The GOOD Party says a new Basic Income Grant of R999 is the central pillar of its social security policy.
GOOD Party leader Patricia de Lille shared new policies the party will add to its existing suite of policies during a press briefing on Sunday.
Among them was foreign policy, birthed amid the Israel- Palestine war.
“We can’t claim to be a party of justice, or values, while looking away from the fact that Israel’s right-wing government has imposed apartheid on the Holy Land and is presently conducting genocide against the civilian population of Palestine,” said De Lille.
“The only path to peace, now, for the people of Israel and Palestine, is for their leaders to be prevailed upon to declare an unconditional ceasefire.
“The International Criminal Court must investigate and prosecute breaches of international law under the Rome Statute.
“GOOD remains committed to the pursuit of a two-state solution in line with the 1967 border agreement and associated UN resolutions,” she said.
The party adopted a new Basic Income Grant of R999 claiming research commissioned by the party proved its affordability.
“The Basic Income Grant is the central pillar of GOOD’s social security policy but there are also other forms of social assistance the government must provide. We are the most unequal country in the world, we can’t afford to not take immediate action to address this,” she said.
The party is also advocating for LGBT+ rights, both in the country and on the continent.
De Lille said South Africans have grown tired of the turbulent political discourse.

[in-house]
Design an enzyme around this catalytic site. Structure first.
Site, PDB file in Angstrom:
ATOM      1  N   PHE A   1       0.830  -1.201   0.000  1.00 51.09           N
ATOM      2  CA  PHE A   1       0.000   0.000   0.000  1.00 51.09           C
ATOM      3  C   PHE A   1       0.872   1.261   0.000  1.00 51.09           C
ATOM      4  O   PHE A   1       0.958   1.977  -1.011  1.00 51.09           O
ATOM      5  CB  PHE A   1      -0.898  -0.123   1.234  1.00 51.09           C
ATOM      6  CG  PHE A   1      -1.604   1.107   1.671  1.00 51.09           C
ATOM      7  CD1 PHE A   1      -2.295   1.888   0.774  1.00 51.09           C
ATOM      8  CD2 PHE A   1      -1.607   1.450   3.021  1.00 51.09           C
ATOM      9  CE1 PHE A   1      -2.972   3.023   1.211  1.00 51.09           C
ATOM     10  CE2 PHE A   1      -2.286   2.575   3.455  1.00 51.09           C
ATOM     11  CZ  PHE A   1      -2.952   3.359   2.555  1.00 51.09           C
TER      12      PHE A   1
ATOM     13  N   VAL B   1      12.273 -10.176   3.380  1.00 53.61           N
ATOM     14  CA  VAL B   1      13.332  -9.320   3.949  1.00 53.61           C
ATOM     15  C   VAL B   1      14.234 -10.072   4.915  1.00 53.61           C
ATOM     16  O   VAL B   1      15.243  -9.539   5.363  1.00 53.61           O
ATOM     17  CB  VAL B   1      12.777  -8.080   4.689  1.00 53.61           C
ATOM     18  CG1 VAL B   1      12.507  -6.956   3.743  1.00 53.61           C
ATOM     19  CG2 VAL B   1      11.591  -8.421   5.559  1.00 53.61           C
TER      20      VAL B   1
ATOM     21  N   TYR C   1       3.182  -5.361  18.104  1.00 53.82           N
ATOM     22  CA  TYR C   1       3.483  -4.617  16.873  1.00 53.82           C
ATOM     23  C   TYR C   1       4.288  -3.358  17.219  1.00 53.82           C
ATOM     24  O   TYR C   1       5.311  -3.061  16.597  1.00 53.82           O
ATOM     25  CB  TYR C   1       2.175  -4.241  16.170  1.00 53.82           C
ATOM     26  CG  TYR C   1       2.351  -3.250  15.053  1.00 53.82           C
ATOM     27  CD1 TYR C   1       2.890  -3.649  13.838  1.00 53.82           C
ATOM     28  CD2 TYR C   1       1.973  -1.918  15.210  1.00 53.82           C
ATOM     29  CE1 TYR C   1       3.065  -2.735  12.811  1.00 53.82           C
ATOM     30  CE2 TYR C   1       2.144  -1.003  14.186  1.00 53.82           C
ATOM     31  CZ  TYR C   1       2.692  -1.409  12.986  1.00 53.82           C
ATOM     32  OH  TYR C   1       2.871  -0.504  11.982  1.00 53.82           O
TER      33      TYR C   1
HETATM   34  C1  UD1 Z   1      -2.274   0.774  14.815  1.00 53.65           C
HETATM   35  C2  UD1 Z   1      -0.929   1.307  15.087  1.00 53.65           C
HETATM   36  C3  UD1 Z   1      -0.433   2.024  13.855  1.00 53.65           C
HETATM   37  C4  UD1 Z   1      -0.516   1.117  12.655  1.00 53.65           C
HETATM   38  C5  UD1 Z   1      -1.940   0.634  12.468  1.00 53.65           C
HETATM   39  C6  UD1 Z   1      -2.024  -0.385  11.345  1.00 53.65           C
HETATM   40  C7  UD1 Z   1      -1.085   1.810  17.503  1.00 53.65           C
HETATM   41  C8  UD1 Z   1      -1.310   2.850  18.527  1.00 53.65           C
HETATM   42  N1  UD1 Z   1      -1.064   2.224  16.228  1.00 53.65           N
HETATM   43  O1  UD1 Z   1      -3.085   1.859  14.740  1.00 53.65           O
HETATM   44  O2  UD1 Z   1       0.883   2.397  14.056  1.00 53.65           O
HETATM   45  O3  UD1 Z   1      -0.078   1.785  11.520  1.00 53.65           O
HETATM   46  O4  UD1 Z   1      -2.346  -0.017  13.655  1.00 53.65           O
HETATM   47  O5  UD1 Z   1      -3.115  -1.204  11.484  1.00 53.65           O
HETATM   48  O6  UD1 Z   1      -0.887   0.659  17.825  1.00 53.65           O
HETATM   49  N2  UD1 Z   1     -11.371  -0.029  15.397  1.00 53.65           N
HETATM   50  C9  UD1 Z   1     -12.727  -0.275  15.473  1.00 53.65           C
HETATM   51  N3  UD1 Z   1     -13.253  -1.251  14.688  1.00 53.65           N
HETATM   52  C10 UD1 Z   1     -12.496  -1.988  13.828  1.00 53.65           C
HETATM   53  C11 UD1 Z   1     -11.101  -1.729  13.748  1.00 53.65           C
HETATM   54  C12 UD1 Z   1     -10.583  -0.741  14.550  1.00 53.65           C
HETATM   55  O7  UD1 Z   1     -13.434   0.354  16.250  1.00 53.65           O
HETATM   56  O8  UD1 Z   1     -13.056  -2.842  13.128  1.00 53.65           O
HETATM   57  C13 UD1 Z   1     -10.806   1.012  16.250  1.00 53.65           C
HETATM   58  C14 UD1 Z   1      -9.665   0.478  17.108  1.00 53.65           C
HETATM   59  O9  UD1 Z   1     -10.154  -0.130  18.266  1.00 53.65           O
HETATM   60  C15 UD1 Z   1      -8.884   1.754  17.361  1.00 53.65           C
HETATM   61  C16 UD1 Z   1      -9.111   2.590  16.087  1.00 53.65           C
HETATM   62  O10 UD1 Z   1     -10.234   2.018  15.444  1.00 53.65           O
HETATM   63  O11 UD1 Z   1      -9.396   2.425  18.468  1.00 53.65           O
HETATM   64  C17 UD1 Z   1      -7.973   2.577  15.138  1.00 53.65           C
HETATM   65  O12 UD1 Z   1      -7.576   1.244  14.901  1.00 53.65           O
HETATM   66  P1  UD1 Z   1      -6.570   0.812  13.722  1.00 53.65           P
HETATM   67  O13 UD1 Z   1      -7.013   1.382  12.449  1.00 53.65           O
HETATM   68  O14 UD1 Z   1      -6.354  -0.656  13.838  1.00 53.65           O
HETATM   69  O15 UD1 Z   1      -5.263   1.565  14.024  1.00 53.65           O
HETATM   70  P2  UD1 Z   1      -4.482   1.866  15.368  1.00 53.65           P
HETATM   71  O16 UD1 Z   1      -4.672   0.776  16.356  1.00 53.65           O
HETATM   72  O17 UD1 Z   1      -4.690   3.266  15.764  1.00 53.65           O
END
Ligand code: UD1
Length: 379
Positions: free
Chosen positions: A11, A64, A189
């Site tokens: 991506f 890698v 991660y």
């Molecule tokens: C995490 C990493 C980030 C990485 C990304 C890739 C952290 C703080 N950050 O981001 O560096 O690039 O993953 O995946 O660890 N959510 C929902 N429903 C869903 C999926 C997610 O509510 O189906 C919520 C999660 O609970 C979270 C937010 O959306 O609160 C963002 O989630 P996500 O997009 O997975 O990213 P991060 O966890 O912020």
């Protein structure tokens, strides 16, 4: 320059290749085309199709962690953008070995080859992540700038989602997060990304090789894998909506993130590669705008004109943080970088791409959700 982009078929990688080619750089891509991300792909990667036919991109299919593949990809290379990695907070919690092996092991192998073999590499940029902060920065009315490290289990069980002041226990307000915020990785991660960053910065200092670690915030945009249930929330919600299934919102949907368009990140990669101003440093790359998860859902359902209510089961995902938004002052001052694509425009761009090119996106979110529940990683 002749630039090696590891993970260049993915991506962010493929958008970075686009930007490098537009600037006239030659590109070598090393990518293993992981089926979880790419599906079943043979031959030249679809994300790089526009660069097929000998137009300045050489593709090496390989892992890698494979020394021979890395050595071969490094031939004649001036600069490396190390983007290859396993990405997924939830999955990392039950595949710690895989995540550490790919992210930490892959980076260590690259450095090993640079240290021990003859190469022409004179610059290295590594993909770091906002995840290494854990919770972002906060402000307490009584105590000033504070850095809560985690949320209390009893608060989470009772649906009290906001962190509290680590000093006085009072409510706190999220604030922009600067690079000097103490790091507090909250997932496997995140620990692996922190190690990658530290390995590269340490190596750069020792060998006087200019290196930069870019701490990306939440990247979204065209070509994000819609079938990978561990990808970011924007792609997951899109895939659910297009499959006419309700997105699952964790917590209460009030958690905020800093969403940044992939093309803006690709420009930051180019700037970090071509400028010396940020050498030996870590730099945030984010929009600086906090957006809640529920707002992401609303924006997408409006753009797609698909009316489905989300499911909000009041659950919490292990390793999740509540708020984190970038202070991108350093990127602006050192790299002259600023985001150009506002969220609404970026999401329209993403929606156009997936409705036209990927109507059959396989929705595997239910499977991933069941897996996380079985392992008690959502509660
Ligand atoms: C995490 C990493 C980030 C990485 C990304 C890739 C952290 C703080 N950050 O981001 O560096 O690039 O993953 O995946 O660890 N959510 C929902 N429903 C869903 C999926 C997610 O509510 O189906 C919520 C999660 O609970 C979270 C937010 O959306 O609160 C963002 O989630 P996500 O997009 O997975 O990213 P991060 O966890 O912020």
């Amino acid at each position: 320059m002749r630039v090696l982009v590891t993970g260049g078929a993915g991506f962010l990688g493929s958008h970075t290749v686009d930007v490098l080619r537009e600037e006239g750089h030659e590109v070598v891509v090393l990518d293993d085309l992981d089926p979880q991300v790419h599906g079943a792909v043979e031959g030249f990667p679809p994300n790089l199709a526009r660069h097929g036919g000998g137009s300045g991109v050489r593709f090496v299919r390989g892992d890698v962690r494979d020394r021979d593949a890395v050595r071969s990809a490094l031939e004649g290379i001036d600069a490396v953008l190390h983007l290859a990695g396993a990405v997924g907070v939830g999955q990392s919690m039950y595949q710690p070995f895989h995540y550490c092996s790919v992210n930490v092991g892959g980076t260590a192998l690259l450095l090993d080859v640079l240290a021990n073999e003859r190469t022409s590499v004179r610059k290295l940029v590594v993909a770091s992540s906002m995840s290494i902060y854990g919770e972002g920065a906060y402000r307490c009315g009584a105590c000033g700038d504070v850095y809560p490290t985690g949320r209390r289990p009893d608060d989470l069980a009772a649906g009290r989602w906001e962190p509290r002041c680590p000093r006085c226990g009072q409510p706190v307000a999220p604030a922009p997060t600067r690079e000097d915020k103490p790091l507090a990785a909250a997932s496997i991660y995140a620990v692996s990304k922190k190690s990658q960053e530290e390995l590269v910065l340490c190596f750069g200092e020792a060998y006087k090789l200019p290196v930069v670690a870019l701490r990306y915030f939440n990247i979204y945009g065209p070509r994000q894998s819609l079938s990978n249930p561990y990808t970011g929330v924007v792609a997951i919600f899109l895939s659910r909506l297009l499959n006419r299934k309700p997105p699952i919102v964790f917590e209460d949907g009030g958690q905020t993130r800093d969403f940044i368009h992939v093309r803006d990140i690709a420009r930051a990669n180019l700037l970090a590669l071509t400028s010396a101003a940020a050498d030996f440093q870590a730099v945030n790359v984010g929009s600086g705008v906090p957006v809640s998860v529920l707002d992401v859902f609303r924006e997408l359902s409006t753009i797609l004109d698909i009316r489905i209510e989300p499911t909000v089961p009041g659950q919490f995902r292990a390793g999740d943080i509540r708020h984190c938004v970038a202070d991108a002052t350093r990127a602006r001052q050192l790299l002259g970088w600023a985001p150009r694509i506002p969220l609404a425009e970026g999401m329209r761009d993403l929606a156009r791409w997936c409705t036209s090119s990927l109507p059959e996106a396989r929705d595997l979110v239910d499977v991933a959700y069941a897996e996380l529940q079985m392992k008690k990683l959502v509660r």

“South Africans want politicians to check their egos at the door and work together to address the problems of our people.
“Not every coalition is volatile such as in the City of Joburg; of the 82 coalitions currently 50 were described as stable.
“It can be done with a commitment to co-operation, service delivery and humility,” she said.
The announcements come following the outcomes of GOOD’s first national elective conference after the party held its inaugural conference on Saturday at the City Hall.
De Lille was re-elected national leader and Brett Herron retained his position as secretary-general uncontested.
Suzette Little is deputy secretary-general, Matthew Cook is chairperson and his deputy is Thabo Pheku.
Political analyst Professor Sipho Seepe said De Lille has not done anything that could call for her to be replaced.
“It is often said, ‘don't fix that which is not broken’.
“She has no political scandal to speak of. She has arguably performed in government to the extent that President Ramaphosa was willing to re-appoint her.
“Although the position of minister gives her a public profile, there is little evidence to indicate that she has managed to use the profile to grow her own party,” he said, adding that being a minister has its drawbacks.
“You can not have it both ways.
The case in point relates to being a member of the Cabinet. Once a decision is taken, ministers must abide by that decision. To that extent, she appears to be thoroughly co-opted,” he said.
“Her policies are no different from that of the ANC. The only difference is that the ANC has been incompetent to implement them.”